We ranged across what it was like to be in Adelaide in the 1970s, what they were doing before Pina arrived, what it was like to see Bausch in 1982, how they related to the work, the sort of impact it had on them, what was being at the Adelaide Festival like, what they thought/think Festivals add to the working life and performance making of Australian artists (but I wont get to the latter).

Most of you will know Keith Gallasch and Virginia Baxter. But just in case… . They are most famed in recent times as the editors of RealTime – but this magazine was produced by Open City – the performance company that Keith and Virginia formed when they moved from Adelaide to Sydney in the mid 1980s.

Back in the 1970s, Keith and Virginia met after a show in Adelaide – Keith apparently asked Virginia: “whatcha doing Saturday night?” and the rest, as they say, is history … or is it?

Before Bausch came, Keith taught teachers to teach drama and did an MA in linguistics in the UK. He also made youth theatre. Virginia did Rep. They worked together in Troupe. They went to Europe. After Bausch, Keith did more youth theatre and ran the South Australian Theatre Company (tragic years apparently). Virginia made her own work, Keith helped. One of Virginia’s pieces was called Just Walk produced across 1982/1983 (they are a bit vague about exact dates, they’re going to check for me).

Virginia described her inspiration for Just Walk: theatre directors who ask actors to be themselves. “You know” said Virginia “that horror of being told, to [not] do anything, just walk across the space […] how difficult [is that]? What goes on as you consider what that might mean? How you might walk, or how you might be seen as your walking?[7]

What I found fascinating about this, of course, was that Bausch is/was known for her walking – especially in Kontaktoff  and 1980. We all know those parades so well: the promenades, in single file, with knowing looks, smiles, winks, hips leading, high heeled and dress shoed sauntering, in evening dress or suit. Following or being followed by man or woman. Gesturing … actions crafted from the everyday but dislocated by their rhythmic, sequential choreography. Bausch dancers walk and walk and walk – but their ‘just walking’ is so much more than ‘just walking’.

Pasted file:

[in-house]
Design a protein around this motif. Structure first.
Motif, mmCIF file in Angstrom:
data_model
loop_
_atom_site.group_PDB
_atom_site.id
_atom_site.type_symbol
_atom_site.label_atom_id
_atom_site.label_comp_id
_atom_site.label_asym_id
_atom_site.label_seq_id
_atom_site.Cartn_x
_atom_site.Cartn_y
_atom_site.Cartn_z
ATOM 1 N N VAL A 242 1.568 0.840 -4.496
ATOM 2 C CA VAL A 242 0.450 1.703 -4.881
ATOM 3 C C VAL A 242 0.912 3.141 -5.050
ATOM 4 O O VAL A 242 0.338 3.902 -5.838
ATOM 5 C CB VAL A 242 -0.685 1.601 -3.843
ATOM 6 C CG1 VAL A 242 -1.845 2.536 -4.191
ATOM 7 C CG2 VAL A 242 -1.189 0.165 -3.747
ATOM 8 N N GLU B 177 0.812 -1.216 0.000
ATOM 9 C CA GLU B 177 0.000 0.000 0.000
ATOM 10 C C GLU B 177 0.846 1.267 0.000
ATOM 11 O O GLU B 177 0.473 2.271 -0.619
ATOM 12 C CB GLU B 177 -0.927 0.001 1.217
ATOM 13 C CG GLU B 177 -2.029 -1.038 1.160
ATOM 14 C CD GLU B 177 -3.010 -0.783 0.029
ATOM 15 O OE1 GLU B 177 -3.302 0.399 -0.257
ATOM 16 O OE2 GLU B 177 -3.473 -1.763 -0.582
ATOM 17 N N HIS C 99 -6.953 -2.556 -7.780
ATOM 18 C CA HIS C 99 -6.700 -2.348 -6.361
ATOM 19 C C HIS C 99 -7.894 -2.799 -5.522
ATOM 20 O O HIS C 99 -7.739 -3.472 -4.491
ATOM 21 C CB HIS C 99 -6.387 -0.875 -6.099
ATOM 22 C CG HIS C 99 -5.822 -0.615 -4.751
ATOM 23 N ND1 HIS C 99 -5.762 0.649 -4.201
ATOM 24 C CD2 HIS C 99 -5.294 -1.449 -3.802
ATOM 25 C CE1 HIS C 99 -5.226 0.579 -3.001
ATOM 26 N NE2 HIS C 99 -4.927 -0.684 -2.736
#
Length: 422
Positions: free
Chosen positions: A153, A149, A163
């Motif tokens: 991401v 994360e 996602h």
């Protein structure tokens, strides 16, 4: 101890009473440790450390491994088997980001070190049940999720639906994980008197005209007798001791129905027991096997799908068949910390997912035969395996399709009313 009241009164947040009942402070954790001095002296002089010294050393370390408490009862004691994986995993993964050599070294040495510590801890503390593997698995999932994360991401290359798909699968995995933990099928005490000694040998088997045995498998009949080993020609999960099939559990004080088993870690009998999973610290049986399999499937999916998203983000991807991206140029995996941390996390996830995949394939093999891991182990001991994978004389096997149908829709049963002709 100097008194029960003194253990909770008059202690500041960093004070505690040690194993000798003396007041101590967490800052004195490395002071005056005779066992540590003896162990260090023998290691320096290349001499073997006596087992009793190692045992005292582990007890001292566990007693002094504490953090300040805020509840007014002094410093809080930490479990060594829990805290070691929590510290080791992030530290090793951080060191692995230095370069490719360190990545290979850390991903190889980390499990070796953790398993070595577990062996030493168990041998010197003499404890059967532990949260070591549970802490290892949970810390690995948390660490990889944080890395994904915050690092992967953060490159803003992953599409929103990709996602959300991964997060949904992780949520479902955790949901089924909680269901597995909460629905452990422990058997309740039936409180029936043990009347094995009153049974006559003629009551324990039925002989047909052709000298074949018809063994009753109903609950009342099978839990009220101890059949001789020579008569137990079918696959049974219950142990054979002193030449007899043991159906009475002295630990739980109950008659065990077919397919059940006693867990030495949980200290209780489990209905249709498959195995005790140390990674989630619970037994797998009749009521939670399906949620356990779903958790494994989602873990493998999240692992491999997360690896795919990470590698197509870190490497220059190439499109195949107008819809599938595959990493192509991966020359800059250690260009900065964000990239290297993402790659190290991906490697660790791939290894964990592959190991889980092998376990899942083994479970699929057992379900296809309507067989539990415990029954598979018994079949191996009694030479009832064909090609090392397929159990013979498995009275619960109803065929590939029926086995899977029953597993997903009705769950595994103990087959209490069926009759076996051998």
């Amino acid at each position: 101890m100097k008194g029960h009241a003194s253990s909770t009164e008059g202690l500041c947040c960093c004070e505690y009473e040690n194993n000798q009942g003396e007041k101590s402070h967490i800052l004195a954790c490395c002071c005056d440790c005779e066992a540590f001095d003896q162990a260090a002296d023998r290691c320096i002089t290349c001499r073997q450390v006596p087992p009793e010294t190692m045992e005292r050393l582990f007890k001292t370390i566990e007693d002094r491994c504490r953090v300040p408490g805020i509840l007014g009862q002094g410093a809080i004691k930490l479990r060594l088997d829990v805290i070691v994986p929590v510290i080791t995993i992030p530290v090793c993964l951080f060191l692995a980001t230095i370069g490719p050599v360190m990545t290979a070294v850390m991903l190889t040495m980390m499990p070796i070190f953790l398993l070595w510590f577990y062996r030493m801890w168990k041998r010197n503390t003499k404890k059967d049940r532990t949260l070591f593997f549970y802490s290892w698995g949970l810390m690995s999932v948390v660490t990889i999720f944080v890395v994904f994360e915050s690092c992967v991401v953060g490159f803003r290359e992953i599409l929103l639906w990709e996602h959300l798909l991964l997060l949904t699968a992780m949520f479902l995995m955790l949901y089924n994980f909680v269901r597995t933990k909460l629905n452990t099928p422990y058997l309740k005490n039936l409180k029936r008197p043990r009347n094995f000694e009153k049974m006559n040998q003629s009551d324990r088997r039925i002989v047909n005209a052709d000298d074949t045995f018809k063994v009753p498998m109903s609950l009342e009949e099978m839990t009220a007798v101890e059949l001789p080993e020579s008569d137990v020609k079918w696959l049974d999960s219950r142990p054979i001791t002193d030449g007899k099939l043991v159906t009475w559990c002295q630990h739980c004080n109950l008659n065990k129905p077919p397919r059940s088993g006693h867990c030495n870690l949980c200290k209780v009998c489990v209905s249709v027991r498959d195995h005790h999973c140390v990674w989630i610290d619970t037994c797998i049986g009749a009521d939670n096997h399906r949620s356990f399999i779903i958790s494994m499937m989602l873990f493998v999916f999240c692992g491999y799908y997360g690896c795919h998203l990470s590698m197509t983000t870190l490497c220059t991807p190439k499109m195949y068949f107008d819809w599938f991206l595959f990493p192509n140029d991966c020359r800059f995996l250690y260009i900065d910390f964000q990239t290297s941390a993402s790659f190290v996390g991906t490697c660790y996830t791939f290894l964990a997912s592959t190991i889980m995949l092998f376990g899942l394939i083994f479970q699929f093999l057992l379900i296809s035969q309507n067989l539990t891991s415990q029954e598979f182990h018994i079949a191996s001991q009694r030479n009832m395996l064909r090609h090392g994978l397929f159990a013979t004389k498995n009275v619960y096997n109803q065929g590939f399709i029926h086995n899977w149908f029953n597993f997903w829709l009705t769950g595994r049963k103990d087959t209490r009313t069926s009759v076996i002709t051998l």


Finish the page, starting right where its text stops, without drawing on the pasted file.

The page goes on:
But of course, it turns out that Virginia Baxter and Keith Gallasch were already exploring the ‘justs’ of many things – they were looking to escape acting and find performance. Virginia recalls an earlier catalyst for her. She remembers coming on stage in one work (it might have been with Troupe, she thinks, but she can’t exactly recall – she will find out for me) … anyway, she sees a friend of hers in the audience. She is arrested by the fact that she was pretending to be someone else in front of someone she knows really well. The absurdity and irony of this struck her – and then came Just Walking, and after that What Time is This House. Then the Open City works in Sydney: The Girl with the Stone in Her Shoe, Sense, All that Flows, Sum of the Sudden.

 Other things they were questioning resonate with Bausch’s interests as well. They too had been questioning gender relations through gesture in the 1970s. They read Irving Goffman, and they were also really affected by Marion Wex’s book Let’s Take Back our Space: ‘Female’ and ‘Male’ Body Language as the result of Patriachal Structures, which was published in 1977. A former artist, Wex’s book has been called “one of the great unsung works of 1970s feminist history and cultural analysis”[8]. I got a sense from Virginia and Keith that this book was not just an inspiration for performance making, but a book from which to critique their lives – how did moving, the way you moved, sat, shaped yourself, make you. This book, the times, their work with Troupe, going to the Adelaide Festival almost every year since its inception, travelling in Europe, had laid the ground work for the changes and chances to come. Bausch lobbed into this mix.